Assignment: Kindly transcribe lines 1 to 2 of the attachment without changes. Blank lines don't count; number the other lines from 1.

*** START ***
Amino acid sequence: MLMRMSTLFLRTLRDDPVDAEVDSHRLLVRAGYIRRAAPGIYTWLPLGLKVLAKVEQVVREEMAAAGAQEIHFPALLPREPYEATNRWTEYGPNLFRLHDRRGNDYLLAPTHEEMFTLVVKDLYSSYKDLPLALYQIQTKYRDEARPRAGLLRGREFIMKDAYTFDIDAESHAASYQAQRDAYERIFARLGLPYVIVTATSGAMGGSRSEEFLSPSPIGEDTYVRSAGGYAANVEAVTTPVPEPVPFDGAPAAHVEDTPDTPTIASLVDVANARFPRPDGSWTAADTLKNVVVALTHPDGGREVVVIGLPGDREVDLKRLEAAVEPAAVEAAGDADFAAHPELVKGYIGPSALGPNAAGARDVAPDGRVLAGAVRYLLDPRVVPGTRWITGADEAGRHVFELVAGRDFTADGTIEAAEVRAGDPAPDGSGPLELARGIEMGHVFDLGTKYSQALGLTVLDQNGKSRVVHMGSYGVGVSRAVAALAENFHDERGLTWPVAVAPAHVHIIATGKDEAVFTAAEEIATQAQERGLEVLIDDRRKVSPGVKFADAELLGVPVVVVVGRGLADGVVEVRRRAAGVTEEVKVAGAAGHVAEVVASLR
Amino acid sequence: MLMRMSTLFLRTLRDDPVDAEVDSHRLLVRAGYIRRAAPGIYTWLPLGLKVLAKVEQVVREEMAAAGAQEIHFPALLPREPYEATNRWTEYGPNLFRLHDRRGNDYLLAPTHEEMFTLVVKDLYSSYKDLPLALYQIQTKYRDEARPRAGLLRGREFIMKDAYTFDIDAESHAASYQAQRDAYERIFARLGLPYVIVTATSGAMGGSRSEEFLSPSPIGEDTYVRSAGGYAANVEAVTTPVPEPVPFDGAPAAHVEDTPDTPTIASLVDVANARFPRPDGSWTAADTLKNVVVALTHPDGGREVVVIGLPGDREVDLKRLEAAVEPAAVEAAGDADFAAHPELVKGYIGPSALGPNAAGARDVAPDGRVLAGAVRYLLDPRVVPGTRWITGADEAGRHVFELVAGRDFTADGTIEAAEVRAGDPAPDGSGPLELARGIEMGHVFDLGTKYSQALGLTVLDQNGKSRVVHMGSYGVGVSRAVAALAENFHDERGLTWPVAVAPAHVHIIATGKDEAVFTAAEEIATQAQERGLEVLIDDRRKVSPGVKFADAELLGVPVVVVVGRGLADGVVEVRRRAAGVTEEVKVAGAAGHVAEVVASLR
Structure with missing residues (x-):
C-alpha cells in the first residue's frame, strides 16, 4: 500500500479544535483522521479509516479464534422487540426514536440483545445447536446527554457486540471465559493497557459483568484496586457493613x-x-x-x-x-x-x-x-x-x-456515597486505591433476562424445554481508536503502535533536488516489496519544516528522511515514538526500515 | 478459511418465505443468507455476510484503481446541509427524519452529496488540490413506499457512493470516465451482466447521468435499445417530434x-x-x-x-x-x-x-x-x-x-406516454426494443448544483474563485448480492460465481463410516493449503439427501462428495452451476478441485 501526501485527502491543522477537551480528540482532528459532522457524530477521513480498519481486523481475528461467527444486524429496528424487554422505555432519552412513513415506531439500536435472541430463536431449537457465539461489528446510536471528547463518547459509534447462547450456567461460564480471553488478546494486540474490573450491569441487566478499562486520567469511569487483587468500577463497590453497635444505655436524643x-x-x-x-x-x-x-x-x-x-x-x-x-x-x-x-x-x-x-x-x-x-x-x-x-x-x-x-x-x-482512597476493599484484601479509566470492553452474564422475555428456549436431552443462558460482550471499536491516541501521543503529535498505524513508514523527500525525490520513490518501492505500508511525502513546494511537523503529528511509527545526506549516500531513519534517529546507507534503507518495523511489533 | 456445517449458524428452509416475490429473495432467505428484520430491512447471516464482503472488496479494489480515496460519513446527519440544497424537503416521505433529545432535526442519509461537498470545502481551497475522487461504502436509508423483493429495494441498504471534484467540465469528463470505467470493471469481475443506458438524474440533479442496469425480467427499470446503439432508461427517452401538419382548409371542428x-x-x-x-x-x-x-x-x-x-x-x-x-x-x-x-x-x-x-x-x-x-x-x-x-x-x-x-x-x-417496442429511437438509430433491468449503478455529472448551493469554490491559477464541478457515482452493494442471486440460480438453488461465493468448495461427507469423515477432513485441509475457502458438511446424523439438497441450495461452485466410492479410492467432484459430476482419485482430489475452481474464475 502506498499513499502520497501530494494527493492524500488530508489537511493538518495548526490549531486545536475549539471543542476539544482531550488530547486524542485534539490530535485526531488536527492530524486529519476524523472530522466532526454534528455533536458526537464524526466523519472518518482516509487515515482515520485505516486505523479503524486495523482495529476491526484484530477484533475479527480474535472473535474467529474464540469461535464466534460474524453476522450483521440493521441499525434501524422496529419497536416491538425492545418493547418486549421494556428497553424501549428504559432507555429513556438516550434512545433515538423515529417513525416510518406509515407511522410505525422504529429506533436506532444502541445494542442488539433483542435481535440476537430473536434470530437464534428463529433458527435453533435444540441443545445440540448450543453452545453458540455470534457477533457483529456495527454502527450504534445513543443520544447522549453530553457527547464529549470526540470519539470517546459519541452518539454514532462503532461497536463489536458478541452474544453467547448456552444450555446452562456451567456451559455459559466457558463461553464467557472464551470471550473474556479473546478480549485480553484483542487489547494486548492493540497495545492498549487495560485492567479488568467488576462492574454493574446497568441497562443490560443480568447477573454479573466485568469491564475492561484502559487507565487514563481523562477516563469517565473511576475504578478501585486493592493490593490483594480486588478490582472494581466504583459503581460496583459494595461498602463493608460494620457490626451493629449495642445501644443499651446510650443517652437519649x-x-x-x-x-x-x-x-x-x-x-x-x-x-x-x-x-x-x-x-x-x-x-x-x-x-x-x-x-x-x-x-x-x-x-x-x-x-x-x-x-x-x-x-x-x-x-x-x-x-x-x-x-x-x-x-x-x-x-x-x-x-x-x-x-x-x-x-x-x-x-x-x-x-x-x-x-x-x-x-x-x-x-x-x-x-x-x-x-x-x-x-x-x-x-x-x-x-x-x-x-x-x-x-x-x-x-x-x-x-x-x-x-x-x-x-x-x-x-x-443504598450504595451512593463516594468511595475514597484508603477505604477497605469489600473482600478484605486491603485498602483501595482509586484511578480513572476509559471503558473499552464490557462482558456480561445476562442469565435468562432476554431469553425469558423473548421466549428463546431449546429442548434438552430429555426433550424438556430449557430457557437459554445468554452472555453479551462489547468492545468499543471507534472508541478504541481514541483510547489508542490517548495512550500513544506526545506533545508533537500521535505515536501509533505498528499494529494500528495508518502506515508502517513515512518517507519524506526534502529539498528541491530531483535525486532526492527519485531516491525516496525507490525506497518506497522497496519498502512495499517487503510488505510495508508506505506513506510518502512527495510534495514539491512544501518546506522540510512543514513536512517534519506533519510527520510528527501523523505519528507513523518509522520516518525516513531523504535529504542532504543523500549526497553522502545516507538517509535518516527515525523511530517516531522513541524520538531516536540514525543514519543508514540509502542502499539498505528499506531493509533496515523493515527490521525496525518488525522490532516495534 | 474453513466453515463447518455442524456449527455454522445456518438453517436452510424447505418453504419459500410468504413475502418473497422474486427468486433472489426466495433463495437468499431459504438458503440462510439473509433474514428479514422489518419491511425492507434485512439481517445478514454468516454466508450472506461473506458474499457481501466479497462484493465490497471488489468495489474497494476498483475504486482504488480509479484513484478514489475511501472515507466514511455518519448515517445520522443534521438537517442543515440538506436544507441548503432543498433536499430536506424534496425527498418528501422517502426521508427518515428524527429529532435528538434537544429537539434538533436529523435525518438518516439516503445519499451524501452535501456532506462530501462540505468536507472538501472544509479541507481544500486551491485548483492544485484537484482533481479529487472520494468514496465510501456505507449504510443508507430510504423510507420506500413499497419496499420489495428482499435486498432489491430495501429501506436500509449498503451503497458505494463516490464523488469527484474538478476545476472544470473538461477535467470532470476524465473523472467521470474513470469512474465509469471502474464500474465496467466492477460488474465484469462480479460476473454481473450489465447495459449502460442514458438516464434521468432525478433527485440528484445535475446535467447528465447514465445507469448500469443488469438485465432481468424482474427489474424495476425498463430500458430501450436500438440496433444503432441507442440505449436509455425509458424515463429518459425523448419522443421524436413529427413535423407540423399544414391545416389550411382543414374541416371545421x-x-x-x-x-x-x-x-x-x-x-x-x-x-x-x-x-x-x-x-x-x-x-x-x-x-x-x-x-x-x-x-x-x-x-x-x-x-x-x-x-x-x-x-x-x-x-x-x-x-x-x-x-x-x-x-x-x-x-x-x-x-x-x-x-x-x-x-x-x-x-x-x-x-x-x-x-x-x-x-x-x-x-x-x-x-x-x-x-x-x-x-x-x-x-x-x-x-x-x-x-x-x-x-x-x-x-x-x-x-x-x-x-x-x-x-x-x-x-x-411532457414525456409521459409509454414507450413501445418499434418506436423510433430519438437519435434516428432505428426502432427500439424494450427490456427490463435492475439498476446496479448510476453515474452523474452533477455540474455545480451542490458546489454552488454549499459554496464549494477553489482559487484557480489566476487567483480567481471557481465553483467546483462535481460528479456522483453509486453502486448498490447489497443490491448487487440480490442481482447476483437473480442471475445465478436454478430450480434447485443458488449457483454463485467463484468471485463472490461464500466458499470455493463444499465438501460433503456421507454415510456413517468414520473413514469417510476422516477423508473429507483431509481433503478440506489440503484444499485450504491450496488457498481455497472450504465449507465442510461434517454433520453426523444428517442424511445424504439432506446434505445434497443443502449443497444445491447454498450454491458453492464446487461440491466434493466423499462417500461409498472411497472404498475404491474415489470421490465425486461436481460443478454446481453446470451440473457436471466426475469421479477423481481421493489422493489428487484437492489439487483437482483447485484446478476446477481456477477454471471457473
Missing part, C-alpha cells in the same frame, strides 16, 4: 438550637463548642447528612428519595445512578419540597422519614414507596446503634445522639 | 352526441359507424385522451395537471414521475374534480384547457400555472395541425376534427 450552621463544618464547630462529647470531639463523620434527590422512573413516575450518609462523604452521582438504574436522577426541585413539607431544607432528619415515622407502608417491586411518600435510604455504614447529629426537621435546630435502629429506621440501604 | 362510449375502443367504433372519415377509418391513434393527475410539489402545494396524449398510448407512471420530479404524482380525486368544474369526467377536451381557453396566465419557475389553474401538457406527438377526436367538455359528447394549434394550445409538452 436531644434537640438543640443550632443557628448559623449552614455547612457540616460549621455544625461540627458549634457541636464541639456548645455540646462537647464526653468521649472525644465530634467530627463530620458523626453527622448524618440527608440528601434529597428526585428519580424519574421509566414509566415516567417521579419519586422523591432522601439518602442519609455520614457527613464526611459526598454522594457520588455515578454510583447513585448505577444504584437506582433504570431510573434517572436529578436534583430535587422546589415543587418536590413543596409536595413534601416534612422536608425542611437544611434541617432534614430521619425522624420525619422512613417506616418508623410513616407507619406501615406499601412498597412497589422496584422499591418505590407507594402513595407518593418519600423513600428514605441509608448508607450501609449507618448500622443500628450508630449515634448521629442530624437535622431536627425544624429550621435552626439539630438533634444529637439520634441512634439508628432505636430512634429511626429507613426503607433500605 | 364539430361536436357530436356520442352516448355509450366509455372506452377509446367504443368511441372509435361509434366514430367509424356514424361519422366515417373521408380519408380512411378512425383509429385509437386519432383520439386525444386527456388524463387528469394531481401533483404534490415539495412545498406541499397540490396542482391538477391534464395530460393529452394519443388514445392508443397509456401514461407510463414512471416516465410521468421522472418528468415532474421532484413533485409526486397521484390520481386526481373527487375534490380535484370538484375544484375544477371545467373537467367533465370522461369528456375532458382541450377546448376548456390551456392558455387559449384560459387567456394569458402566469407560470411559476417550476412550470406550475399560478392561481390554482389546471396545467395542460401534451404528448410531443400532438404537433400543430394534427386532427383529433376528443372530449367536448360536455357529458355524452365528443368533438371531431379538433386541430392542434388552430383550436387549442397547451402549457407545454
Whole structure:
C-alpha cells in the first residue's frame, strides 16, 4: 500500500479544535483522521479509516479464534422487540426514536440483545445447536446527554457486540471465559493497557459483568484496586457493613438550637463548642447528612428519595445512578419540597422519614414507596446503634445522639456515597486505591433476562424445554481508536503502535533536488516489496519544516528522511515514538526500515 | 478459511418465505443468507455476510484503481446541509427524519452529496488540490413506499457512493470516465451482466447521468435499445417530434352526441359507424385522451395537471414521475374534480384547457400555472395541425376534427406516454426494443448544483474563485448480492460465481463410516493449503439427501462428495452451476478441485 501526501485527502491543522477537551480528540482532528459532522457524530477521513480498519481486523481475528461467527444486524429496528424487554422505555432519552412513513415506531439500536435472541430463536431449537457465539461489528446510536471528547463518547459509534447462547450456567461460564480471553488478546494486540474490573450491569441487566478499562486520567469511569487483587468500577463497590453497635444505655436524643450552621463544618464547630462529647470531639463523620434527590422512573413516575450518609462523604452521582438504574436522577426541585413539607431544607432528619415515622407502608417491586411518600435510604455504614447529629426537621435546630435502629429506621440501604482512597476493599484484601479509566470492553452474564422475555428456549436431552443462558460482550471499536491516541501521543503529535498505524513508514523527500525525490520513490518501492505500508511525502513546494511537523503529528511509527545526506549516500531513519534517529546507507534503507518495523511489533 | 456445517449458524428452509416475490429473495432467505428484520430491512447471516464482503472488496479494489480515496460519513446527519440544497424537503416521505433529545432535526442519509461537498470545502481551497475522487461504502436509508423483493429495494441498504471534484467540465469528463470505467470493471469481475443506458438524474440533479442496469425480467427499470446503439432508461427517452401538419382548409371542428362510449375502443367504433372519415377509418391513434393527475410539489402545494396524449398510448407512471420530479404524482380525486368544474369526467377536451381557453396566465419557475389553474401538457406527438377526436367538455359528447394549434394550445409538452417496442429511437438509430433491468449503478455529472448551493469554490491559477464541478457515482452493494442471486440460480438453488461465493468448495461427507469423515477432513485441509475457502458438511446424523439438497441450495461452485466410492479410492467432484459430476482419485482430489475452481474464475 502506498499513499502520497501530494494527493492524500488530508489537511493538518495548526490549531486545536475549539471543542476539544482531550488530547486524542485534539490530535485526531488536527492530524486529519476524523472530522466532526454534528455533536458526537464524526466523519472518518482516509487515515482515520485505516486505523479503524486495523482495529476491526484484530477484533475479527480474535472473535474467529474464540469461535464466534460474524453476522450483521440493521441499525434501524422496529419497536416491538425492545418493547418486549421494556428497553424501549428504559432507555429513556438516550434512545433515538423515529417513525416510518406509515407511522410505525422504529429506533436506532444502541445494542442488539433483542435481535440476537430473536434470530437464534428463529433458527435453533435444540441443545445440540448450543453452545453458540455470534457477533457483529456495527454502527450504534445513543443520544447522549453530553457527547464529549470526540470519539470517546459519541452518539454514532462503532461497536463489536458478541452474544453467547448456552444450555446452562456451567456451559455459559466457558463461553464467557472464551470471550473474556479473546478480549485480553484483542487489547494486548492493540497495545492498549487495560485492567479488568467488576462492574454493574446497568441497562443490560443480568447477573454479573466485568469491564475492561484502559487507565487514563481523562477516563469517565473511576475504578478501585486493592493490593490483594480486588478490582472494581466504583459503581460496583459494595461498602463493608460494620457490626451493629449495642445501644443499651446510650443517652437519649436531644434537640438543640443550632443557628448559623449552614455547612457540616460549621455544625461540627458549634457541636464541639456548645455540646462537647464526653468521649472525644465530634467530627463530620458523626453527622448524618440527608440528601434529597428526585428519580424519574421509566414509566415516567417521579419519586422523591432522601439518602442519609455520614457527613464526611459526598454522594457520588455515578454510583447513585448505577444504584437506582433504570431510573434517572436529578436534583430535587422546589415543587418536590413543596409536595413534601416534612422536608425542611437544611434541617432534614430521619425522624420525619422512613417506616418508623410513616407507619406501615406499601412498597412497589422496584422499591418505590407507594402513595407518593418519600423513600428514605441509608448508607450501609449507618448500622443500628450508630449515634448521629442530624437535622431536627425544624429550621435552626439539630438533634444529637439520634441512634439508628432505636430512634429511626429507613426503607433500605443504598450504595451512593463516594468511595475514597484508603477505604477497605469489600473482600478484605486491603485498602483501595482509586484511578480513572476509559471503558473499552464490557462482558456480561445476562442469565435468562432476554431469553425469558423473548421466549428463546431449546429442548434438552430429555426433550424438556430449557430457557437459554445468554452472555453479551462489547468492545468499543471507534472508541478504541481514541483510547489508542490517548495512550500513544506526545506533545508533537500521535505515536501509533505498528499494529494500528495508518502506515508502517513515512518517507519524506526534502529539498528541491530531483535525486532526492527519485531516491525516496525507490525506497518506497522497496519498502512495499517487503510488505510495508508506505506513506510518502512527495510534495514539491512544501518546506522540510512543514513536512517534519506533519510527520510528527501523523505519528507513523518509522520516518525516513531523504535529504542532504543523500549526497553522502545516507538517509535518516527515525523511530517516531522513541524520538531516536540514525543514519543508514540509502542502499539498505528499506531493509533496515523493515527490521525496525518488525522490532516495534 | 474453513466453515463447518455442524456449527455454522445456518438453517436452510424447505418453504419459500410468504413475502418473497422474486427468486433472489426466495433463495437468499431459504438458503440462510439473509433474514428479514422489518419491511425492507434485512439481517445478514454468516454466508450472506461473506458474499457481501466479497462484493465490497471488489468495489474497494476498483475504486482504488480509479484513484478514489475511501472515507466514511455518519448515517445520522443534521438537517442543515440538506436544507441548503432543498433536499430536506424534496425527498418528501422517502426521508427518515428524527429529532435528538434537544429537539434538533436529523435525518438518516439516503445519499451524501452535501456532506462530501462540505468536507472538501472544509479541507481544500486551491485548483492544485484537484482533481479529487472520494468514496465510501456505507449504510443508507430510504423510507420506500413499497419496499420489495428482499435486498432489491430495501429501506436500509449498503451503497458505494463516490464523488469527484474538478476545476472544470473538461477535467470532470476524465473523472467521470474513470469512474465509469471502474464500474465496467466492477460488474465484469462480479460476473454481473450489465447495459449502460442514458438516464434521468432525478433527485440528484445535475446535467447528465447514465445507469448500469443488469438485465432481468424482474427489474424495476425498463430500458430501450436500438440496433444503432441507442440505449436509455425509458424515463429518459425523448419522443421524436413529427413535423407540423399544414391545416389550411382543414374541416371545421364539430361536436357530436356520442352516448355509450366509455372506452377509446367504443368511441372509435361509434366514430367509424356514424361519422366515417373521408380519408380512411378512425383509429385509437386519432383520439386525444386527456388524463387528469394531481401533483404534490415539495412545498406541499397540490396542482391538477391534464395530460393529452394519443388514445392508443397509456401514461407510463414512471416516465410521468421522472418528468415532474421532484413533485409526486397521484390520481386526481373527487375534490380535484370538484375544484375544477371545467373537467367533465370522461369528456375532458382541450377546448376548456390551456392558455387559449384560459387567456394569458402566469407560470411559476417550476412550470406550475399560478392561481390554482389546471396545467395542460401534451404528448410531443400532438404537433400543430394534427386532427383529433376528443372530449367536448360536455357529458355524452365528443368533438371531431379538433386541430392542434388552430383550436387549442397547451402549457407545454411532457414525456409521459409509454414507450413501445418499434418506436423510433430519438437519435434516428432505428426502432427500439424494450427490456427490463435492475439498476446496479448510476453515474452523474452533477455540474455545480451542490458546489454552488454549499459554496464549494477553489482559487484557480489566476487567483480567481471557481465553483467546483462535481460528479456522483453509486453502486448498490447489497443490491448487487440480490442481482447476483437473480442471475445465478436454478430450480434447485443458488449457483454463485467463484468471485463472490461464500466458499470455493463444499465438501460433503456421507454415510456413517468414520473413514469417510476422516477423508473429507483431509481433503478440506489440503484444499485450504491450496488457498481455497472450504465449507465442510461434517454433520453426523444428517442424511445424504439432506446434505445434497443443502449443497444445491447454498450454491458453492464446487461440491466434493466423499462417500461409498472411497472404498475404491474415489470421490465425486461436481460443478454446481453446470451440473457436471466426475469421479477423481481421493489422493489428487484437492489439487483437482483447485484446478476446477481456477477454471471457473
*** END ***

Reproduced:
Amino acid sequence: MLMRMSTLFLRTLRDDPVDAEVDSHRLLVRAGYIRRAAPGIYTWLPLGLKVLAKVEQVVREEMAAAGAQEIHFPALLPREPYEATNRWTEYGPNLFRLHDRRGNDYLLAPTHEEMFTLVVKDLYSSYKDLPLALYQIQTKYRDEARPRAGLLRGREFIMKDAYTFDIDAESHAASYQAQRDAYERIFARLGLPYVIVTATSGAMGGSRSEEFLSPSPIGEDTYVRSAGGYAANVEAVTTPVPEPVPFDGAPAAHVEDTPDTPTIASLVDVANARFPRPDGSWTAADTLKNVVVALTHPDGGREVVVIGLPGDREVDLKRLEAAVEPAAVEAAGDADFAAHPELVKGYIGPSALGPNAAGARDVAPDGRVLAGAVRYLLDPRVVPGTRWITGADEAGRHVFELVAGRDFTADGTIEAAEVRAGDPAPDGSGPLELARGIEMGHVFDLGTKYSQALGLTVLDQNGKSRVVHMGSYGVGVSRAVAALAENFHDERGLTWPVAVAPAHVHIIATGKDEAVFTAAEEIATQAQERGLEVLIDDRRKVSPGVKFADAELLGVPVVVVVGRGLADGVVEVRRRAAGVTEEVKVAGAAGHVAEVVASLR
Amino acid sequence: MLMRMSTLFLRTLRDDPVDAEVDSHRLLVRAGYIRRAAPGIYTWLPLGLKVLAKVEQVVREEMAAAGAQEIHFPALLPREPYEATNRWTEYGPNLFRLHDRRGNDYLLAPTHEEMFTLVVKDLYSSYKDLPLALYQIQTKYRDEARPRAGLLRGREFIMKDAYTFDIDAESHAASYQAQRDAYERIFARLGLPYVIVTATSGAMGGSRSEEFLSPSPIGEDTYVRSAGGYAANVEAVTTPVPEPVPFDGAPAAHVEDTPDTPTIASLVDVANARFPRPDGSWTAADTLKNVVVALTHPDGGREVVVIGLPGDREVDLKRLEAAVEPAAVEAAGDADFAAHPELVKGYIGPSALGPNAAGARDVAPDGRVLAGAVRYLLDPRVVPGTRWITGADEAGRHVFELVAGRDFTADGTIEAAEVRAGDPAPDGSGPLELARGIEMGHVFDLGTKYSQALGLTVLDQNGKSRVVHMGSYGVGVSRAVAALAENFHDERGLTWPVAVAPAHVHIIATGKDEAVFTAAEEIATQAQERGLEVLIDDRRKVSPGVKFADAELLGVPVVVVVGRGLADGVVEVRRRAAGVTEEVKVAGAAGHVAEVVASLR